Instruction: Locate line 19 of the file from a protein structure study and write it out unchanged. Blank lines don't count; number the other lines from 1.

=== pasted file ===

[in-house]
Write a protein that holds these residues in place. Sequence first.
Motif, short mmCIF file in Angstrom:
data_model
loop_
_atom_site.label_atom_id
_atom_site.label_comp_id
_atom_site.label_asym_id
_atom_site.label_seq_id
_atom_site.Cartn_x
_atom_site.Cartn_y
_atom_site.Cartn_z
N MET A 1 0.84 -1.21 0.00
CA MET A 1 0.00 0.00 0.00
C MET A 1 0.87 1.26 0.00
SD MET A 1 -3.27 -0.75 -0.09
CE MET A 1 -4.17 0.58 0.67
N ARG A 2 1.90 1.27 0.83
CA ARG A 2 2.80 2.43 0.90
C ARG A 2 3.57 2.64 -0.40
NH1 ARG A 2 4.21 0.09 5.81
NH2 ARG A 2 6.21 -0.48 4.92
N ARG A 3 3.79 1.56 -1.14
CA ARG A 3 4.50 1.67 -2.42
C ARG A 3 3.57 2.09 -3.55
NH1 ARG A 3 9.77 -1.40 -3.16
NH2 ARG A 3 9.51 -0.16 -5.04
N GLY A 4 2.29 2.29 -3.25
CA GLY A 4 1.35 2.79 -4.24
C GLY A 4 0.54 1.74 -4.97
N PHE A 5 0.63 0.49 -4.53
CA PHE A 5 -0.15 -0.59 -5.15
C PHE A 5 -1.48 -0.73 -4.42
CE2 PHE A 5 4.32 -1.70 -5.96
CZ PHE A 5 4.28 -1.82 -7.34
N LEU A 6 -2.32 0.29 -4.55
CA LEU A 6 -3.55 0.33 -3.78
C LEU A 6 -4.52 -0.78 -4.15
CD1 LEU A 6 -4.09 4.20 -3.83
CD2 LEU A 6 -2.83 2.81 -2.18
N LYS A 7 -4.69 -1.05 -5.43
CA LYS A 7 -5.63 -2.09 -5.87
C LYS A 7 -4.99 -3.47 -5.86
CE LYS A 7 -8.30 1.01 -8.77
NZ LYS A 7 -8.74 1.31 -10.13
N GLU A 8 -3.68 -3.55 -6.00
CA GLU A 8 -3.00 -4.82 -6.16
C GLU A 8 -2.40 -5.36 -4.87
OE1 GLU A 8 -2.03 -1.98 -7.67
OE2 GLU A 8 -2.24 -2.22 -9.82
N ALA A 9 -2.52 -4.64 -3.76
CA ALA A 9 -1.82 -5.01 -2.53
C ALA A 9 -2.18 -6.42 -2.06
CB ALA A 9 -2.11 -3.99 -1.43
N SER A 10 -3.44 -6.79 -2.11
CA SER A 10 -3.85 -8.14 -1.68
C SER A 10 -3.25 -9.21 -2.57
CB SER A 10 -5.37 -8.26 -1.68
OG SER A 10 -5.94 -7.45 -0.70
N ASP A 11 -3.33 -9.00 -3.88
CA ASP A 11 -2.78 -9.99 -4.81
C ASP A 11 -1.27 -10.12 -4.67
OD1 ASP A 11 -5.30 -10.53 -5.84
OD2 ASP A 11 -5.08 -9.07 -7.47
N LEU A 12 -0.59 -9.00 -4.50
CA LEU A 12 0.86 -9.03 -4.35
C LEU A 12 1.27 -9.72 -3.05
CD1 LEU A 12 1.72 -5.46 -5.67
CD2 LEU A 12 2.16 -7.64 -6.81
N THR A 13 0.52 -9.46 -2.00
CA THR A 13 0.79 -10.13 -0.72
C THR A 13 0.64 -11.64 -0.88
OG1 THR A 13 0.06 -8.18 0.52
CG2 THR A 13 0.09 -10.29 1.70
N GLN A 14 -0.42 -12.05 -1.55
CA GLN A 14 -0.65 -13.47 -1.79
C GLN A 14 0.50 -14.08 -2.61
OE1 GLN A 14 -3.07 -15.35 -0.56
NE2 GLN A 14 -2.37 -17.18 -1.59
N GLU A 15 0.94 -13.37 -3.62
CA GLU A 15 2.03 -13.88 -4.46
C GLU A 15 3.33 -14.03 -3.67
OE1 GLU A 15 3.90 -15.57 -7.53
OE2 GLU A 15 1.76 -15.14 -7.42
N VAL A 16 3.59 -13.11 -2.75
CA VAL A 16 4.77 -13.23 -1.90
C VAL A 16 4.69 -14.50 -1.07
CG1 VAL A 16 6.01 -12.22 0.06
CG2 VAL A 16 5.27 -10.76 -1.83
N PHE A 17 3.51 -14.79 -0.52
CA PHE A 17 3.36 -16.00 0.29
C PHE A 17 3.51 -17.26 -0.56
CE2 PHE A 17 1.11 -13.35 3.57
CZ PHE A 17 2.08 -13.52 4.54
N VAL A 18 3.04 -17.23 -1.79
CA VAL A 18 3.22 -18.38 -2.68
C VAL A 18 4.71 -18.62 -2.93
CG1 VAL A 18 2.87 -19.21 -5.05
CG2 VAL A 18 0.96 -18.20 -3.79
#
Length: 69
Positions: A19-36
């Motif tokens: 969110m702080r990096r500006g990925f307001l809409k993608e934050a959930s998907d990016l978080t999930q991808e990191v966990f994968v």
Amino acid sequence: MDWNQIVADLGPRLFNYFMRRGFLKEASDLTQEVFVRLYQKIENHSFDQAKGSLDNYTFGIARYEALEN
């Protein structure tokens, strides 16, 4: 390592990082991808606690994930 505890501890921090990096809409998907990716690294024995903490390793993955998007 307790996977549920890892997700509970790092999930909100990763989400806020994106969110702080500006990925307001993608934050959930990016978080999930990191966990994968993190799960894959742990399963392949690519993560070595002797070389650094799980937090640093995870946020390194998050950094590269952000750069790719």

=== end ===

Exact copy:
CA ARG A 2 2.80 2.43 0.90